2. Vision is important. For the past few weeks, we have been working on our online common core geometry course with varying degrees of structure. Some days, we would know exactly what to do, other days it was a struggle to stay together. However, after a bit of a discussion today, I think we are on the right track for the remainder of PCMI.
3. Wendy gave a presentation on her end of year assignment for her geometry class. She created a grid with all of the units they had covered for the year on the top of the grid and various levels of Bloom's Taxonomy on the side. The center was filled with various activities, and students had to pick one from each column and each row. In this way, students were exposed to a wide variety of topics and modalities.
4. I learned strategies to make students into teachers. Ben gave a presentation on his initiative to turn his class into cooperative group of student-teachers. He created videos to model what effective tutoring looks like and discussed common pitfalls such as steamrolling. He explained how he sorted the class into student-teachers and not-yet-student-teachers via exit slips from the day before. Ben also shared some of his tactics for when students struggle with being the teacher, such as only allowing student-teachers to ask questions or collaborating as a class to come up with question stems.
5. I’m going to try using giant 2 ft by 3 ft whiteboards in class. Earlier in the week, I had a discussion about how writing either horizontally (as part of a group) or vertically (teaching a group) can affect learning. In a separate talk, I thought about how important it is for students to reflect and revise their work - especially when working in groups. Lastly, I realized how expensive sticky-note poster paper is. Taken together, it makes sense to have students write and present with over sized whiteboards rather than disposable poster paper. They’re reusable, revisable, can be placed on the chalk sill or window sill, and make great student work displays.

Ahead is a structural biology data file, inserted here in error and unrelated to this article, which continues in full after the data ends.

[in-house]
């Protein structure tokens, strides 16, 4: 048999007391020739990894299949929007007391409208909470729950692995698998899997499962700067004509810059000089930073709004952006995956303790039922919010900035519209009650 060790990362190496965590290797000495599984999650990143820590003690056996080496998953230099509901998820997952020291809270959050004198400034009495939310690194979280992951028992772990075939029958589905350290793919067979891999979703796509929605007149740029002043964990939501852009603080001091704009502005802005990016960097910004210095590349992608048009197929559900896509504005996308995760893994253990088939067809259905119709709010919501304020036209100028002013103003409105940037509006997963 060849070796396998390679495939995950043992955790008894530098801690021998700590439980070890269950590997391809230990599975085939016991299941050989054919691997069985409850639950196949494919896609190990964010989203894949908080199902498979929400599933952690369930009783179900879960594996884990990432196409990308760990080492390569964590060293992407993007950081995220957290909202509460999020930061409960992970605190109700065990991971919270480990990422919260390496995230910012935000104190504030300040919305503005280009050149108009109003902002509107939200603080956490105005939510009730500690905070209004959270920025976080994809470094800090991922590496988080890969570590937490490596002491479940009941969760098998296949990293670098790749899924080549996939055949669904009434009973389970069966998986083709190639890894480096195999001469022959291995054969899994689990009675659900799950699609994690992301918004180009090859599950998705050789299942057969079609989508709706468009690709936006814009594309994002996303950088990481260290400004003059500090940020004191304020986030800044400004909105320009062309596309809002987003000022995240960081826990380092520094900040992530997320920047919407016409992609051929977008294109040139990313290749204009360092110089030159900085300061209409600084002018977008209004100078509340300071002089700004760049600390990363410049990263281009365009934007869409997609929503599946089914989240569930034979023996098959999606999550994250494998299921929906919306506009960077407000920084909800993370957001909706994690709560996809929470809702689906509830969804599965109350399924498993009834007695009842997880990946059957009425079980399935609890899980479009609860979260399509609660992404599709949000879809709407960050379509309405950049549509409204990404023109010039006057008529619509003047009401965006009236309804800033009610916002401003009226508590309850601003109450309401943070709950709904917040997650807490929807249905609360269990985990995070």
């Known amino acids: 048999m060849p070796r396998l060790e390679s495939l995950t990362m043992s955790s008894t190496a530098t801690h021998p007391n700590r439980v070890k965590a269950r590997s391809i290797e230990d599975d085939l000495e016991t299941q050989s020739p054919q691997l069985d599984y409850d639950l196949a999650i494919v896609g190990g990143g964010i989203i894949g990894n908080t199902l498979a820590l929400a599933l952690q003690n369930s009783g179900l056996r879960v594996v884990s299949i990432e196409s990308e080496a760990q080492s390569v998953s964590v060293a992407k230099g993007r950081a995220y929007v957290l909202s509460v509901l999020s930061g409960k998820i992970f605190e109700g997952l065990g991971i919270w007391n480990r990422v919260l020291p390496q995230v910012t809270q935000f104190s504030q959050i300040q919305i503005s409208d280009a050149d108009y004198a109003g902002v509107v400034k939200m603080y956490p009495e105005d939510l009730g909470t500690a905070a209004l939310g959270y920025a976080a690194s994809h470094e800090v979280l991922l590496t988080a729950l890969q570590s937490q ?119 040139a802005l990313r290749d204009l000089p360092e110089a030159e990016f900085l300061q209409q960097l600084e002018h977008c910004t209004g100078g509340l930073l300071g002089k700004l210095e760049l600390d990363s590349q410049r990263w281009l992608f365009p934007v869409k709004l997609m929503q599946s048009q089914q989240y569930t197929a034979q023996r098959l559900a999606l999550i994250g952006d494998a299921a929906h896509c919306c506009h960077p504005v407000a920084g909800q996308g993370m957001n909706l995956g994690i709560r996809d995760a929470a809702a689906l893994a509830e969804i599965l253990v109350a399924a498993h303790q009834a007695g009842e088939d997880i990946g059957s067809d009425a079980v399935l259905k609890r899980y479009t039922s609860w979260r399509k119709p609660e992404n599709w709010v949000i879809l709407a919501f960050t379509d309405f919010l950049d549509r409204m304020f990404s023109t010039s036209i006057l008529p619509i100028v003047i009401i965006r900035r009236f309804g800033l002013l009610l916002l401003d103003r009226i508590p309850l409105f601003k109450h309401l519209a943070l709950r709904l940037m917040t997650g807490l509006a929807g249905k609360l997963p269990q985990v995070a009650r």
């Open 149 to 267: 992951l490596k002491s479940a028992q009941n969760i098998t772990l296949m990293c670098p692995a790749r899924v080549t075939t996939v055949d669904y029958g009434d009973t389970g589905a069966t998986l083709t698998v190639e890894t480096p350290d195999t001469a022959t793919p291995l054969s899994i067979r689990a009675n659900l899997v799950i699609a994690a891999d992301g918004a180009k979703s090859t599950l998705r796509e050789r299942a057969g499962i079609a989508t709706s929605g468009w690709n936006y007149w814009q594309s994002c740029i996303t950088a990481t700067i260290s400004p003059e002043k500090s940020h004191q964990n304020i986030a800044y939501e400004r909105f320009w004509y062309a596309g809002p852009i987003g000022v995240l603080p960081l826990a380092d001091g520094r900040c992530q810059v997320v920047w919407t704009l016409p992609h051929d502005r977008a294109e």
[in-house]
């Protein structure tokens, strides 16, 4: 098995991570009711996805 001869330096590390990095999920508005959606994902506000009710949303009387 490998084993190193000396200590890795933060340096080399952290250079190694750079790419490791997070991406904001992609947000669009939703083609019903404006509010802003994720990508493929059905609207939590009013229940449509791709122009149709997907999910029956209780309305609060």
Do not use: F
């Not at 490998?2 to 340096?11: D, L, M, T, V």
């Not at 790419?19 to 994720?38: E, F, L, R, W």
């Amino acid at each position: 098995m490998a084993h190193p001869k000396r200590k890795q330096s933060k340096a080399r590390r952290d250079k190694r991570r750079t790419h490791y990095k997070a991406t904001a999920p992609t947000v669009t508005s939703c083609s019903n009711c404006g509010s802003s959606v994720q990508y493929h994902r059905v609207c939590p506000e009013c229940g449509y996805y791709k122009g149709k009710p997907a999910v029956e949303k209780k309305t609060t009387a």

6. (Extra Credit) In projective space, parallel lines intersect at infinity. This is because projective space can be represented by all complex numbers (x,y) such that (hx, hy) is equivalent to (x,y) for any non-zero value of h. In other words, all pairs of numbers that are proportional to each other are equivalent. We could also say that the pair (x,y) is equivalent to another pair when the ratio y/x is equivalent to another ratio. But, what happens when x=0? Normally we can’t divide by zero, but in this case it simply stands for the pair (y, 0) which we label as the point at infinity. Projective space can also be represented as the set of all lines through the origin (where the vertical line represents infinity) or as a circle (where the north pole represents infinity). Thanks to Dagan Karp from Harvey Mudd for his lecture, both in the pool and at the chalk board.